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Authors: Dandi Daley Mackall

Cowboy colt

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Cowboy Colt

Copyright © 2011 by Dandi Daley Mackall. All rights reserved.

Cover photo of horse copyright © by vesilvio/Shutterstock. All rights reserved.

Cover photo of fence copyright © by Rowan Butler/iStockphoto. All rights reserved.

Designed by Jacqueline L. Nuñez

Edited by Stephanie Voiland

Scripture quotations are taken from theHoly Bible, New Living Translation, copyright © 1996, 2004, 2007 by Tyndale House Foundation. Used by permission of Tyndale House Publishers, Inc., Carol Stream, Illinois 60188. All rights reserved.

This novel is a work of fiction. Names, characters, places, and incidents either are the product of the author's imagination or are used fictitiously. Any resemblance to actual events, locales, organizations, or persons living or dead is entirely coincidental and beyond the intent of either the author or the publisher.

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Library of Congress Cataloging-in-Publication Data

Mackall, Dandi Daley.

Cowboy Colt / Dandi Daley Mackall.

p. cm. — (Backyard horses)

ISBN 978-1-4143-3917-7 (sc)

[1. Best friends—Fiction. 2. Friendship—Fiction. 3. Horses—Fiction. 4. Baseball—Fiction. 5. Deaf—Fiction. 6. Christian life—Fiction.] I. Title.

PZ7.M1905Co 2011

[Fic]—dc23 2011015997

To Cassandra Eve Hendren, “Cassie”

Backyard horses are the opposite of show horses. They don't have registration papers to prove they're purebred, and they might never win a trophy or ribbon at a horse show. Backyard horses aren't boarded in stables. You can find them in pastures or in backyards. They may be farm horses, fun horses, or simply friends. Backyard horses are often plain and ordinary on the outside . . . but frequently beautiful on the inside.

* * *

The Lord said to Samuel, “Don't judge by his appearance or height, for I have rejected him. The Lord doesn't see things the way you see them. People judge by outward appearance, but the Lord looks at the heart.”

1 Samuel 16:7

Table of Contents

1: Best Friends

2: Dreaming

3: Fight

4: Advice

5: Pitching

6: The Bear

7: Whoa!

8: Horsemanship

9: Gift Horse

10: Secrets

11: Bullet

12: Changeups

13: The Party

14: Friends

Horse Talk!

Sign Language Alphabet

About the Author


Best Friends

“Come on, Dream. You can do it, girl.”

I try to sit as still as the sun on my bed. Outside my bedroom window, my new horse, Ellie's Dream, whinnies to me.

Myhorse. It's still hard to believe I have my own horse. For almost all the nine years of my life, I've prayed for one. And now I have the sweetest pinto in the whole world living right in my own backyard.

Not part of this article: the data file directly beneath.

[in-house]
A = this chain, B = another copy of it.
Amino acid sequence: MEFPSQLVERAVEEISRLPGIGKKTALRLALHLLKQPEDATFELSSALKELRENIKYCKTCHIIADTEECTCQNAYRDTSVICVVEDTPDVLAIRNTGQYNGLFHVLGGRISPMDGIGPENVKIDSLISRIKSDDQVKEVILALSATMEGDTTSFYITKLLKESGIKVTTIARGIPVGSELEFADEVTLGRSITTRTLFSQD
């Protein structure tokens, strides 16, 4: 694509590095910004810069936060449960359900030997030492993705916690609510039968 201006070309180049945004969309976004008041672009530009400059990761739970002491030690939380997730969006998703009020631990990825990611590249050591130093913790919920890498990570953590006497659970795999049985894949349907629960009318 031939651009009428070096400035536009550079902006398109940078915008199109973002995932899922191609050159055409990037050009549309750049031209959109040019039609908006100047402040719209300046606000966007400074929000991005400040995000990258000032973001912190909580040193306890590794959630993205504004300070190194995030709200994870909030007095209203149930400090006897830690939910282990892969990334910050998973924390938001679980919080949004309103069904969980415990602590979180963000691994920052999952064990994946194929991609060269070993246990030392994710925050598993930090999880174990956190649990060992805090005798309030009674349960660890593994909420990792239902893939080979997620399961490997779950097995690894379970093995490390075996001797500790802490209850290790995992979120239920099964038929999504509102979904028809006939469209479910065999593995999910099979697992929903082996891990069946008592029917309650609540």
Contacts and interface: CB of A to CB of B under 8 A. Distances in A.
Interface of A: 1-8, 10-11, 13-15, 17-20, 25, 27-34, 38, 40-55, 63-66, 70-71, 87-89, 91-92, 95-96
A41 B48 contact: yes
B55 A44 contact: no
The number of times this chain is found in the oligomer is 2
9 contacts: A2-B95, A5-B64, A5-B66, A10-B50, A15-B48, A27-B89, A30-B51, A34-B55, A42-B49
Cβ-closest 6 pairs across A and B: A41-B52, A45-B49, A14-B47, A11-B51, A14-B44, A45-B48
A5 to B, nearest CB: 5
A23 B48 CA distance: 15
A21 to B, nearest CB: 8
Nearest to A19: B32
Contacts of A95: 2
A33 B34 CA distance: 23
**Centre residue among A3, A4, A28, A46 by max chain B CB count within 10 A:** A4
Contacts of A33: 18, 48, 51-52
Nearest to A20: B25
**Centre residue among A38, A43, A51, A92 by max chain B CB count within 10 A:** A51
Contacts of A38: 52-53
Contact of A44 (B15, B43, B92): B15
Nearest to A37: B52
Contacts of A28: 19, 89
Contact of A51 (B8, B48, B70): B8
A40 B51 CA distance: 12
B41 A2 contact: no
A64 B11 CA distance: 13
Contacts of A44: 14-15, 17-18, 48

Dream is what Larissa calls a “backyard horse.” Larissa Richland is a girl in my fourth-grade class. She makes fun of backyard horses. She keepsherhorse boarded at a stable in the city. She'd never dream of having a horse without papers to prove what great ancestors it came from. I'm pretty sure she's never ridden anything that wasn't a purebred. And I'm absolutely certain her horse has never set foot in her backyard.

But I can't imagine a better place for my horse than in my own backyard.

Where I live, in Hamilton, Missouri, most people have big yards. But our house sits on the edge of town, the last house in town limits. And our yard is as big as a small pasture.

To make Dream a pen, my dad built fences on three sides of our yard. For the fourth side, he used our house. And my bedroom faces the backyard. That makes Dream's home about as close to mine as you can get.

I scoot to the edge of the bed. I can see Dream just outside my open window. Her buddy, a calico cat, is curled on her back.

“Here, Dream,” I call again.

Every morning for the past two weeks, I've tried to get Dream to stick her head through my bedroom window. I used to dream about owning a famous black stallion or a fancy show horse. I imagined him sticking his head in my window to say good night and good morning.

I don't have the stallion or the show horse. But to me, my black-and-white pinto is better than all the black stallions in the world.

I stick my hand out the window. Dream steps closer. I feel her warm breath on my hand. I stroke her white blaze. It's jagged, like a lightning bolt.

Soon her big brown eyes soften. She inches closer. Closer. She stretches out her neck . . .

Knock! Knock! Knock!“Ellie?”

I ignore the knocking at my bedroom door. “It's okay, Dream,” I whisper.

Again there's a knock at the door. “Ellie? Ellie!”

Dream backs away from the window and out of my reach. She whinnies. Then, with a bob of her head, she trots off.

“Are you in there?” Dad knocks again.